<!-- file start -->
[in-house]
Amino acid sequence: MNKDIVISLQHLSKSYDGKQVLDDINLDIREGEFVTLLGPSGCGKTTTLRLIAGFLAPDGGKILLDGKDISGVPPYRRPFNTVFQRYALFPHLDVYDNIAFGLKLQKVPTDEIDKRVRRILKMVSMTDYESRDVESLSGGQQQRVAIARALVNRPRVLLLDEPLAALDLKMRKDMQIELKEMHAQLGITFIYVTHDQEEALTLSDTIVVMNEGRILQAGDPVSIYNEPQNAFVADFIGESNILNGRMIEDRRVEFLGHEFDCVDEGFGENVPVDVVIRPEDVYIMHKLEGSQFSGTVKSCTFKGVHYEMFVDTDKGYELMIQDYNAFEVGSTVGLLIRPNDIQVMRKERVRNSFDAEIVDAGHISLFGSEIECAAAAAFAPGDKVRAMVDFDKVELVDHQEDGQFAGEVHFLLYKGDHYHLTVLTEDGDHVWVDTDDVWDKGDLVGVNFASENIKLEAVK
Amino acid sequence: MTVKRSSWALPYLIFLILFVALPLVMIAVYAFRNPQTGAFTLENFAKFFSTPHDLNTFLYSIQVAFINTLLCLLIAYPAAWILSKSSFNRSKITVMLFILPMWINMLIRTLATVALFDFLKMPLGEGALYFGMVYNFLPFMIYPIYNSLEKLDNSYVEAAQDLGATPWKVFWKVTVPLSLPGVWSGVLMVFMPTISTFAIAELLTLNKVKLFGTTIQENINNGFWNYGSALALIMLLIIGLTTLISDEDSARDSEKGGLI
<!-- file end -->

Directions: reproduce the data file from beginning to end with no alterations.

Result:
[in-house]
Amino acid sequence: MNKDIVISLQHLSKSYDGKQVLDDINLDIREGEFVTLLGPSGCGKTTTLRLIAGFLAPDGGKILLDGKDISGVPPYRRPFNTVFQRYALFPHLDVYDNIAFGLKLQKVPTDEIDKRVRRILKMVSMTDYESRDVESLSGGQQQRVAIARALVNRPRVLLLDEPLAALDLKMRKDMQIELKEMHAQLGITFIYVTHDQEEALTLSDTIVVMNEGRILQAGDPVSIYNEPQNAFVADFIGESNILNGRMIEDRRVEFLGHEFDCVDEGFGENVPVDVVIRPEDVYIMHKLEGSQFSGTVKSCTFKGVHYEMFVDTDKGYELMIQDYNAFEVGSTVGLLIRPNDIQVMRKERVRNSFDAEIVDAGHISLFGSEIECAAAAAFAPGDKVRAMVDFDKVELVDHQEDGQFAGEVHFLLYKGDHYHLTVLTEDGDHVWVDTDDVWDKGDLVGVNFASENIKLEAVK
Amino acid sequence: MTVKRSSWALPYLIFLILFVALPLVMIAVYAFRNPQTGAFTLENFAKFFSTPHDLNTFLYSIQVAFINTLLCLLIAYPAAWILSKSSFNRSKITVMLFILPMWINMLIRTLATVALFDFLKMPLGEGALYFGMVYNFLPFMIYPIYNSLEKLDNSYVEAAQDLGATPWKVFWKVTVPLSLPGVWSGVLMVFMPTISTFAIAELLTLNKVKLFGTTIQENINNGFWNYGSALALIMLLIIGLTTLISDEDSARDSEKGGLI